If the commission plan is enacted,
have some cleaner lines, but otherwise look pretty much the way it
does now for at least the next two years and possibly for 10.
for a few minor adjustments, the commission at a meeting on Aug.
6 approved the plan it had previously endorsed. Voting against
it was Abbott's representative, Jeffrey Schlerf. Tyrone Johnson,
who represented Fourth District councilman Penrose Hollins was
approved districts, now defined as lines on a map, will be
reduced to text form in an ordinance which is to go to Council
when it reconvenes on Sept. 11 following its August vacation
recess. The ordinance is expected to be passed then or at the
Sept. 25 session. The new districts take effect with the 2002
penultimate act, a commission appointed by Council took
testimony on Aug. 2 on two possible redistricting schemes. For
the most part the hearing focused on several Greenville
residents objecting to moving Westover Hills and the section of
their community which lies on the other (Wilmington) side of the
tracks from the Third to the Second District.
The approved plan calls for Weiner's
district to be
extended westward to the freight
railroad line as far as Thompsons
Bridge Road and thence along
the Brandywine to the Pennsylvania border. Abbott's
district would continue to follow the arc of Delaware's
unique circular border to just north of Newark.
Most notable change is including the entire city of
Wilmington in one district, the Fourth, which also would extend
along Du Pont Highway and New Castle Avenue to the Interstate
295 approach to the Delaware Memorial Bridge with the exclusion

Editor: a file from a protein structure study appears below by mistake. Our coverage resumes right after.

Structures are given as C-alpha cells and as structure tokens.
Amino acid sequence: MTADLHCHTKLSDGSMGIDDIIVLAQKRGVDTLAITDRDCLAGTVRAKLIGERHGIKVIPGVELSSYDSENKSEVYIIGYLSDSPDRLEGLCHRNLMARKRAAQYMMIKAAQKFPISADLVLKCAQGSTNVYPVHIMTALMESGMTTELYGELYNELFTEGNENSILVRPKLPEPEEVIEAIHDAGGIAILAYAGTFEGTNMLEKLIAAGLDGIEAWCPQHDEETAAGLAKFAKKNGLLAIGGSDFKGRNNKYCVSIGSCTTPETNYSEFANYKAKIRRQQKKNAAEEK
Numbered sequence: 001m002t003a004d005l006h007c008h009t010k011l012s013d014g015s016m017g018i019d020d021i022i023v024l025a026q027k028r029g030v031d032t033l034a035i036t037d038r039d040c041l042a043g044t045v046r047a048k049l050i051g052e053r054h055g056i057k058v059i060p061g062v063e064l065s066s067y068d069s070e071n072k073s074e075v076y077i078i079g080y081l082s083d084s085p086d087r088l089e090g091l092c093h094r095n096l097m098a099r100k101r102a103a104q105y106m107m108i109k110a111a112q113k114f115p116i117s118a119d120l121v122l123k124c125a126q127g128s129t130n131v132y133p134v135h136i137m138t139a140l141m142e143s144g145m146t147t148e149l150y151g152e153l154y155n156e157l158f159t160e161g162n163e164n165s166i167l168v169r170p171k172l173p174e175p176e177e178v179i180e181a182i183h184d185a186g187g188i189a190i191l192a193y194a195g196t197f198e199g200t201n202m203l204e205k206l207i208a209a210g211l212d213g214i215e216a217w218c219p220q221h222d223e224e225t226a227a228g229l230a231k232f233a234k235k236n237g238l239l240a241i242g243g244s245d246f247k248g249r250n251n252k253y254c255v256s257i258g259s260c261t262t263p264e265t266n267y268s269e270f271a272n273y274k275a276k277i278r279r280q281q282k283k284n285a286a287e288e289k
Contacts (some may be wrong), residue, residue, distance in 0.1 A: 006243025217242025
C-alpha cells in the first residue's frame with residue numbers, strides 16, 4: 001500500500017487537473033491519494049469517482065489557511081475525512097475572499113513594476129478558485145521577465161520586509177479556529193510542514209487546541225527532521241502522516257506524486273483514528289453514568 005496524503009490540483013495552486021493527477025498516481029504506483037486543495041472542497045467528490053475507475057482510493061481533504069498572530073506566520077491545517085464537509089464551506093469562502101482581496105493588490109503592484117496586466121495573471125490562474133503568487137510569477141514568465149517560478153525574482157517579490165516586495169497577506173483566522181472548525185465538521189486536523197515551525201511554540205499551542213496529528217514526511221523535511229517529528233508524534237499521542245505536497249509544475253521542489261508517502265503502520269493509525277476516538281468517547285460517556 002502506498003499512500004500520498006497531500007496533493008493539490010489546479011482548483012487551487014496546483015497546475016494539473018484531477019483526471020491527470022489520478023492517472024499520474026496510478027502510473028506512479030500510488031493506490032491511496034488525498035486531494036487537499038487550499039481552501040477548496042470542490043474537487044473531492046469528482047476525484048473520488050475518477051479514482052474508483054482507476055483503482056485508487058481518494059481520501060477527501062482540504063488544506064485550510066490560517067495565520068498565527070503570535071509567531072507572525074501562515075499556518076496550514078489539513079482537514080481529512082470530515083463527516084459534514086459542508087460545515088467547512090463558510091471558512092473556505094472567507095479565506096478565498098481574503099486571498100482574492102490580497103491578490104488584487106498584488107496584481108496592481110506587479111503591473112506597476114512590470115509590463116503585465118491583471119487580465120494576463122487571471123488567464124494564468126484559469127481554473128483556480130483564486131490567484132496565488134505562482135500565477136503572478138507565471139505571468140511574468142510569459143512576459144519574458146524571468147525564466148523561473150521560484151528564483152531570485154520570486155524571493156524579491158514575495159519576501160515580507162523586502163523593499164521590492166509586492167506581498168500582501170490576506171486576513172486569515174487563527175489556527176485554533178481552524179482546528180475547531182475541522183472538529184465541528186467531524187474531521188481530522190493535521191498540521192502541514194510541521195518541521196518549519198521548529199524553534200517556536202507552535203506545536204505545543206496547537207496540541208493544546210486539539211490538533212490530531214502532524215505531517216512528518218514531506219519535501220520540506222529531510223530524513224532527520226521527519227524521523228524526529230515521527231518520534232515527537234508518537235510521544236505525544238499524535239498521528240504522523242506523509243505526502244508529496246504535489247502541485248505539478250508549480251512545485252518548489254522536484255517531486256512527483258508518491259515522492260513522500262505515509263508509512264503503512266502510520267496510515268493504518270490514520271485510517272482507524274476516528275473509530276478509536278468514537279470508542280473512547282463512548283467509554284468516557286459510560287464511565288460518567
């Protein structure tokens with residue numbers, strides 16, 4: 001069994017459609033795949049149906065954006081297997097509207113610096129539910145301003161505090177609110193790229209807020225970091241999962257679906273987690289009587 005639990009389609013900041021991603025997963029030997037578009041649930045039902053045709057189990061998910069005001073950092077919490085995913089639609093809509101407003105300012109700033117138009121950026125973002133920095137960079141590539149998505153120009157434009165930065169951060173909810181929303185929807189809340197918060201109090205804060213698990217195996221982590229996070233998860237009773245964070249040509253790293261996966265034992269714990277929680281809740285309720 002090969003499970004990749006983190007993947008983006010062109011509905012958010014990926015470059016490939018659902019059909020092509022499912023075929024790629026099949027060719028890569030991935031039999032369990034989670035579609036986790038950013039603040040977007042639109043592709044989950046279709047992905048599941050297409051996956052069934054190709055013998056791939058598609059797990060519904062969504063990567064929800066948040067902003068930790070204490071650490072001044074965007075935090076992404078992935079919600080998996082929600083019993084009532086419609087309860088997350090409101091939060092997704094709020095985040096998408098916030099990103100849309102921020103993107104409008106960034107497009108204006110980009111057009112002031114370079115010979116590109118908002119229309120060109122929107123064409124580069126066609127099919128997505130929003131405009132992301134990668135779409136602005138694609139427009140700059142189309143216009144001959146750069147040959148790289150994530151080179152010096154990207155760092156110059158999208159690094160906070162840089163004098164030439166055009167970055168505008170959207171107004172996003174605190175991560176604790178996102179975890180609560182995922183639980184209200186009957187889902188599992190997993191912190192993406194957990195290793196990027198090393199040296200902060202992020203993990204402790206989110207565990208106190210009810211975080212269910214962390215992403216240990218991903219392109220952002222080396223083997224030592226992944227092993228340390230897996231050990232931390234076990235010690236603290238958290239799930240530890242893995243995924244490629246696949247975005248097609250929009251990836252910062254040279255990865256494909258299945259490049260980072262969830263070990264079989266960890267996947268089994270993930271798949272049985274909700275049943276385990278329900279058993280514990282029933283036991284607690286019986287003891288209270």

of Holloway Terrace. That is Hollins's district.
Robert Woods's First District looses its
eastern protrusion toward New Castle to Christopher Roberts'
Sixth District, which remains by far the largest, and Karen Venezly's
Fifth District grows
NOW AND THEN: New
Castle County Council districts as they are now (left) and
will be if the redistricting commission's preferred plan
Council's other member, its president, is elected at-large.
lines were drawn with incumbents in mind, retaining the
present political complexions of the districts so that they are
not handicapped should they choose to seek re-election in 2002.
After that, it's anybody's guess because state law calls for
Council to be enlarged to 13 members with 12 Council districts
before the 2004 election. That would require drawing new
district boundaries. There is some talk, however, of changing
that law to provide for fewer districts and it is remotely
possible that it could be repealed, keeping the status quo.
legislatures are required by the U.S. Constitution to realign
themselves after every decennial census with the
one-person-one-vote interpretation requiring that the resultant
districts be within a reasonable deviation from the average
population. New Castle County's average is 83,378/ The
redistricting commission's plan provides for deviation ranging
from minus 2.76% in the Second District to plus 4.77% in the
Sixth. The Sixth District, however, has the lowest percentage of
registered voters, 61.7%, while the Second has the highest,
outnumber Republicans in every district but the Second and
Third, with Council's present political composition reflecting
that. Council president Christopher Coons also is a Democrat.
Greenville residents told the redistricting commission at the
splitting their community between two council members -- albeit
both Republicans -- would do them a disservice by reducing their
clout relative to the rest of the large districts.
let numbers drive the whole process. ... Generally we have large